1. Ferrell, Betty PhD, RN, CHPN, FAAN, FPCN
  2. Davis, Andra PhD, MN, RN
  3. Lippe, Megan PhD, MSN, RN

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Jeanne Quint Benoliel, PhD, RN, FAAN, began her nursing career in 1941 serving in the US Army Nurse Corps in World War II. She observed death early on, caring for soldiers dying in battle or dying of malaria and typhus. In the 1950s, Dr Benoliel experienced death in her own family as her sister died of breast cancer. She described the "conspiracy of silence" as doctors and nurses avoided any communication with her sister or the family about the seriousness of her illness or death. In the 1960s, Dr Benoliel and colleagues conducted research that broke that silence, as they provided strong evidence of the avoidance of death by clinicians and the consequences of the silence. Among the studies were profound findings that nurses took longer to answer the call bells of patients who were expected to die and that patients with the poorest prognoses were routinely assigned to rooms farthest away from the nurses' station. Dr Benoliel's research started the conversation about the quality of care of the dying.


In 1974, building on the work of Dr Benoliel and the growing worldwide recognition of the needs of the seriously ill and dying, Florence Wald, PhD, RN, FAAN, took action-she started the first hospice in the United States. Dr Wald led these early years of hospice development, which included highlighting nurses as central to providing holistic, interdisciplinary care.


The efforts of Dr Jeanne Quint Benoliel, Dr Florence Wald, and the many other nurse pioneers have resulted in amazing progress, the extension of hospice care to palliative care, and the development of palliative nursing as a specialty. In 1997, when my colleagues and I (Ferrell) began to make the case for nursing education in palliative care, we began our partnership with the American Association of Colleges of Nursing (AACN). Our first needs assessment study examined 50 of the leading textbooks used in schools of nursing, and the results documented that less than 2% of the content in these leading texts had any relationship to any topic in palliative care.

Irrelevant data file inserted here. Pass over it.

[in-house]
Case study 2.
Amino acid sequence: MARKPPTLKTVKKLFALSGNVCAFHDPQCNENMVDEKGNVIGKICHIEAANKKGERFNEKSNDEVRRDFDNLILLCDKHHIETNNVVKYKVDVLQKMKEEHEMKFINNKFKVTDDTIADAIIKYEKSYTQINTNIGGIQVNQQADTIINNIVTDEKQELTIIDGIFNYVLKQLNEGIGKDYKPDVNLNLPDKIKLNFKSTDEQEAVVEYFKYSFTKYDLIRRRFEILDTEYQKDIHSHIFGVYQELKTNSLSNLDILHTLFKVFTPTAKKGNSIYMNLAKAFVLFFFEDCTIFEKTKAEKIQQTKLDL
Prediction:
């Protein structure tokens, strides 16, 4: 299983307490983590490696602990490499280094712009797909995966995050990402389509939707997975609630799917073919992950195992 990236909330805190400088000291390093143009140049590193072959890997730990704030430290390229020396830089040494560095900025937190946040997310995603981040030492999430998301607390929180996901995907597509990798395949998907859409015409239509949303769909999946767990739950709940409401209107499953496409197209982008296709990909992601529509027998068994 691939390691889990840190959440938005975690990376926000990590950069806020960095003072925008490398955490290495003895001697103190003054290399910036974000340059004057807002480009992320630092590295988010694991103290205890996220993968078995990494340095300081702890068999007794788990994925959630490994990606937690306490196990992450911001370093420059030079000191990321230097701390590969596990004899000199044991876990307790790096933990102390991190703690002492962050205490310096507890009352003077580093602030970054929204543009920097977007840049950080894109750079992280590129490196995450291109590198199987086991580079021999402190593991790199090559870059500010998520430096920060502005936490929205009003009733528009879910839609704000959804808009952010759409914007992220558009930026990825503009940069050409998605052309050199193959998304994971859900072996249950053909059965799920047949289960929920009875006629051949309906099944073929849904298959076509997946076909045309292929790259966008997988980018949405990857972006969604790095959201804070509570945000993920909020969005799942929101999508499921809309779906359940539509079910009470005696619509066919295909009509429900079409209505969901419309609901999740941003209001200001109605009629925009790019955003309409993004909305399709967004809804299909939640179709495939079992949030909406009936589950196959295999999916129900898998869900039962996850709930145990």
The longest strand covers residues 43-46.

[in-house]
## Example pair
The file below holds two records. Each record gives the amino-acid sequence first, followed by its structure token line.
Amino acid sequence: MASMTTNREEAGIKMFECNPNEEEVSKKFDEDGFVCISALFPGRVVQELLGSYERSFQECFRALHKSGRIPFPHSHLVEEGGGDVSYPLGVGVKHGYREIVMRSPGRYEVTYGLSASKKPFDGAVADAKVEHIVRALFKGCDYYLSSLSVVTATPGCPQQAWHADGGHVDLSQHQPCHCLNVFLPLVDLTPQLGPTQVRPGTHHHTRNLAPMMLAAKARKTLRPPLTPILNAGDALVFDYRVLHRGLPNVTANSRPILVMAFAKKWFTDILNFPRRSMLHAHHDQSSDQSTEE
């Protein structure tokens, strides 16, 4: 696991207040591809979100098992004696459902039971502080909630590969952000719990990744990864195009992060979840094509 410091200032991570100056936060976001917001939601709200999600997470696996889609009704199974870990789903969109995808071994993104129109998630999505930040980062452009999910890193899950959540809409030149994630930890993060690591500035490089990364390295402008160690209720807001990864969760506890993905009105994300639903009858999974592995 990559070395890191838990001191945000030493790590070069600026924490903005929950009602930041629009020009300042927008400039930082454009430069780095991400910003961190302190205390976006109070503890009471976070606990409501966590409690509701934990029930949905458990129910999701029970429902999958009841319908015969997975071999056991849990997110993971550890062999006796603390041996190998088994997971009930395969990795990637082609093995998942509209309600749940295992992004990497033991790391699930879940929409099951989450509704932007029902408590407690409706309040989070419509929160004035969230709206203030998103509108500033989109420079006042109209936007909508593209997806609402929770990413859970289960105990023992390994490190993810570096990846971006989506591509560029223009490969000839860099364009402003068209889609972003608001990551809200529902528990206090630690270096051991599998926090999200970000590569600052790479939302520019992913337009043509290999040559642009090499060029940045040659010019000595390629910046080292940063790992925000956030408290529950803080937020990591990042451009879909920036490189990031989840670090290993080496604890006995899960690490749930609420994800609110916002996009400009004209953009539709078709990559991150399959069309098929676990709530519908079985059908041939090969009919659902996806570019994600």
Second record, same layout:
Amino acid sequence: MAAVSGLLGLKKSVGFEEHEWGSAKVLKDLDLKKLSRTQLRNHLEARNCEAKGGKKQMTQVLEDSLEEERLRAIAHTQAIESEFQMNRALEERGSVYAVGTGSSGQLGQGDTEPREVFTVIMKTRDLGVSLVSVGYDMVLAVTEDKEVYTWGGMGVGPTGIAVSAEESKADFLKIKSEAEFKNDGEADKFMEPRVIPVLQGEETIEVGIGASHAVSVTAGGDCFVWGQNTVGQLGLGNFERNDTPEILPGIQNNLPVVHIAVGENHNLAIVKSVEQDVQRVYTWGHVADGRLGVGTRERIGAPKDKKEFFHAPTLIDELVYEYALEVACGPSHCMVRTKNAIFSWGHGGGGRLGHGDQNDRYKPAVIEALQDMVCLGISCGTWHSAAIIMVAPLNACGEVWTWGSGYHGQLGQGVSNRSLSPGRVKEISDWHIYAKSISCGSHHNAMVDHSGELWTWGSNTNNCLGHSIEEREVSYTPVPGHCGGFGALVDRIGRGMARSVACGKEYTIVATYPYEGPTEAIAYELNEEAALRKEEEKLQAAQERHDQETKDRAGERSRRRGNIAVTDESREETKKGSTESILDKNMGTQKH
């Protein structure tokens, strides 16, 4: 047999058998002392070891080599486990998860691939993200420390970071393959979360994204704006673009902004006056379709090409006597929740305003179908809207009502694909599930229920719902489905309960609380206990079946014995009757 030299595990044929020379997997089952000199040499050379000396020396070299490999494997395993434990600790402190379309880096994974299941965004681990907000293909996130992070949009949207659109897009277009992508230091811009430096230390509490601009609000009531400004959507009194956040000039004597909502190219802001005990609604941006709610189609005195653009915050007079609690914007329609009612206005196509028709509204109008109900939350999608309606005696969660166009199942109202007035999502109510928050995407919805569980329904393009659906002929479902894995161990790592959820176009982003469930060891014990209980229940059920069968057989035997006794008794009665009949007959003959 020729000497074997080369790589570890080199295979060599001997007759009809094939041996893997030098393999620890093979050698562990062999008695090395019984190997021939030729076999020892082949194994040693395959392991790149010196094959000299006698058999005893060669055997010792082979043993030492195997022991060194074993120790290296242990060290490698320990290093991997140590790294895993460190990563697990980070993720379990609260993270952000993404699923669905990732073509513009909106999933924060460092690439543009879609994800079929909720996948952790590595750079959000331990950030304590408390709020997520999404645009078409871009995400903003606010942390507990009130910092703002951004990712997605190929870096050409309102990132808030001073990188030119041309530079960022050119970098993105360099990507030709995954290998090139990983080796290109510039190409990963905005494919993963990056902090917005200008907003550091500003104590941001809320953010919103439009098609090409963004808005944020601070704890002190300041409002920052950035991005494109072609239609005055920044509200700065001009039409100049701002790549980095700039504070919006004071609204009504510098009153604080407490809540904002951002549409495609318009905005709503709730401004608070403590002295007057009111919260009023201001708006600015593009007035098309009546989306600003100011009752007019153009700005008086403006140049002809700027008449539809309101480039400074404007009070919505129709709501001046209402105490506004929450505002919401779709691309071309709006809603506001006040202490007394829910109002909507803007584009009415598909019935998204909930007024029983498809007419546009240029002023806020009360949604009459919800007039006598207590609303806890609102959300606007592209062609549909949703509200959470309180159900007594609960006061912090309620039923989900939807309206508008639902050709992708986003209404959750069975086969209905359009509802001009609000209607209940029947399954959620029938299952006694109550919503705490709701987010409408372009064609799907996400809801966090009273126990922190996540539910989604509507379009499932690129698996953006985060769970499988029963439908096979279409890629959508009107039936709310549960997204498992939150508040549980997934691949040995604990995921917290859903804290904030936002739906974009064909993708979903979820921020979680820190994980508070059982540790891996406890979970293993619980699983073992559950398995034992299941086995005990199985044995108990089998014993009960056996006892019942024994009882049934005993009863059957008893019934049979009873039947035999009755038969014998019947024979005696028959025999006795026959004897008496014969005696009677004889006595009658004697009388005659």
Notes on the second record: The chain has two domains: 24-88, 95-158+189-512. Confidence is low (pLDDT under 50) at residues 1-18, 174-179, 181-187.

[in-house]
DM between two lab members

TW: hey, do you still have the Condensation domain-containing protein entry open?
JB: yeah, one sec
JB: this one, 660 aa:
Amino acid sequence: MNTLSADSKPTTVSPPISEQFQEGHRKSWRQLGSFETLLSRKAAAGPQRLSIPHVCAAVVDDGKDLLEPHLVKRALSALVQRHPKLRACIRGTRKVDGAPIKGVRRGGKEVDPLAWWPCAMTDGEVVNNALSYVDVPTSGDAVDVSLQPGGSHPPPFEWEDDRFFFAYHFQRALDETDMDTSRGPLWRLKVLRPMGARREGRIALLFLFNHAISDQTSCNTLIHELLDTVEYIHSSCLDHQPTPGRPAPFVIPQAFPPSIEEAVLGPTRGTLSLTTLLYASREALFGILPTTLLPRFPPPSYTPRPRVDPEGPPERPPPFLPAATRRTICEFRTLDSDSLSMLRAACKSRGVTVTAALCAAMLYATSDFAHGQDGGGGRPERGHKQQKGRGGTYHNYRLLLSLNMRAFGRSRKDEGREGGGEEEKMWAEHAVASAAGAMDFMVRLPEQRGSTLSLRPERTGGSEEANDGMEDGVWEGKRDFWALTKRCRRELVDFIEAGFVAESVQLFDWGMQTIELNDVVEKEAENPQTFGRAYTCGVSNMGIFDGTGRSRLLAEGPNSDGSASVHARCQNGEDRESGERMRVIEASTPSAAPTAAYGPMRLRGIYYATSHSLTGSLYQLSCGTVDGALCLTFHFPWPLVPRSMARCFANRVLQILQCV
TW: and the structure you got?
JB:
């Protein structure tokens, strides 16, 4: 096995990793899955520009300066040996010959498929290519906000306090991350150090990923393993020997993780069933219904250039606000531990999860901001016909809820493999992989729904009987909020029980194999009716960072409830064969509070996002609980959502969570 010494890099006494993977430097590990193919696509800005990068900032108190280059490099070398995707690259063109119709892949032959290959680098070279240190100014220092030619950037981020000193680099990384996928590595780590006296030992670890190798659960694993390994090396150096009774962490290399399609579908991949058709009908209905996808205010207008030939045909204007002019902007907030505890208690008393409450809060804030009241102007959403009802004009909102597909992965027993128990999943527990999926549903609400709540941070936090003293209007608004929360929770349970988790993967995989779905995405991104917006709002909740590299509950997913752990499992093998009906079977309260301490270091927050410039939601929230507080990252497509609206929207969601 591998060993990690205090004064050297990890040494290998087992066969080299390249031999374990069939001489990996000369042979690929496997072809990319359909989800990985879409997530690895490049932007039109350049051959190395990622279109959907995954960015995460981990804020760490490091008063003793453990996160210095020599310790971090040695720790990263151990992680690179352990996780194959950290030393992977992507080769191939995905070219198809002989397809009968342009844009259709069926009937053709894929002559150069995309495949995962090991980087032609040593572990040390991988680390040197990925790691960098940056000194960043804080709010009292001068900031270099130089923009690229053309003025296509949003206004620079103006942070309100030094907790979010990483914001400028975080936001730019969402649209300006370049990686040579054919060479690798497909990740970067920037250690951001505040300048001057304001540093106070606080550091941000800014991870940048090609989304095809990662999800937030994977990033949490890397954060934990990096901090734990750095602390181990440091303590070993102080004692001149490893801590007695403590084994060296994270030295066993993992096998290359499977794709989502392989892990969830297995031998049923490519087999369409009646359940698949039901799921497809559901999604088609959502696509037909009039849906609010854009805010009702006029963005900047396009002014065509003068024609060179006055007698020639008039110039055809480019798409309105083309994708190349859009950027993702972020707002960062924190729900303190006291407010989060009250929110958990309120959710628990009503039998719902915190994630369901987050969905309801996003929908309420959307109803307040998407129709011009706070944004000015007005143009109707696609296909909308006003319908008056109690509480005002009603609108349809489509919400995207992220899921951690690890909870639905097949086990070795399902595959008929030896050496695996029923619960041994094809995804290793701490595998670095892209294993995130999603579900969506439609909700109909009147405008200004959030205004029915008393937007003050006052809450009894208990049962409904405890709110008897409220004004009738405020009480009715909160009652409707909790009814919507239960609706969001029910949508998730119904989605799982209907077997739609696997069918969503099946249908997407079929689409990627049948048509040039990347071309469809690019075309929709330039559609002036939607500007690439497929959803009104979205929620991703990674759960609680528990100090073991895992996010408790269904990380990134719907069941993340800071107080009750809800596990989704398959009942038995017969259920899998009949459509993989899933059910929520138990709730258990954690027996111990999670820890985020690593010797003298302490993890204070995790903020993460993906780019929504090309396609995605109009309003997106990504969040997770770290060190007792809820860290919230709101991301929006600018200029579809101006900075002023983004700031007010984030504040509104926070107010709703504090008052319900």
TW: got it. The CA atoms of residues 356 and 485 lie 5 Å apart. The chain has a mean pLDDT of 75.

We (Ferrell and colleagues) then began the End-of-Life Nursing Education Consortium (ELNEC) project as a partnership with AACN. The first ELNEC course was held in the year 2001, which has led to 1.4 million nurses and other clinicians trained in all 50 states and 100 countries.1 The breadth of this educational impact is in large part due to the partnership of AACN. Fast forward 20 years, in 2021 AACN released its updated Essentials document,2 which outlines 4 spheres of care: (1) Promotion of Health and Well-being/Disease Prevention, (2) Chronic Disease Care, (3) Regenerative or Restorative Care, and (4) Hospice/Palliative/Supportive Care.


Having the field of palliative care recognized as an essential sphere of nursing practice is a monumental step forward. It is the realization of the vision of Dr Jeanne Quint Benoliel, Dr Florence Wald, and the many other pioneers of our field.


And with progress comes responsibility. Now that hospice and palliative care are recognized as an essential sphere of nursing practice, we, as leaders in this field, need to do our part in supporting schools of nursing. We need to provide lectures, serve as preceptors and clinical sites, and share our clinical expertise to build on nursing schools' palliative care educational efforts. Palliative care nurses are valuable colleagues for nursing school faculty, as educators revise their curricula to integrate these essentials into courses and clinical rotations.


There has never been a time in our history when palliative care was needed more. These times of pandemics, serious chronic illness in adults and children, an aging population, and a burdened health care system need the support palliative care can provide.


Supporting our schools of nursing is Essential.


Betty Ferrell, PhD, RN, CHPN, FAAN, FPCN


Andra Davis, PhD, MN, RN


Megan Lippe, PhD, MSN, RN




1. ELNEC website. [Context Link]


2. AACN. The Essentials: core competencies for professional nursing education. 2021. [Context Link]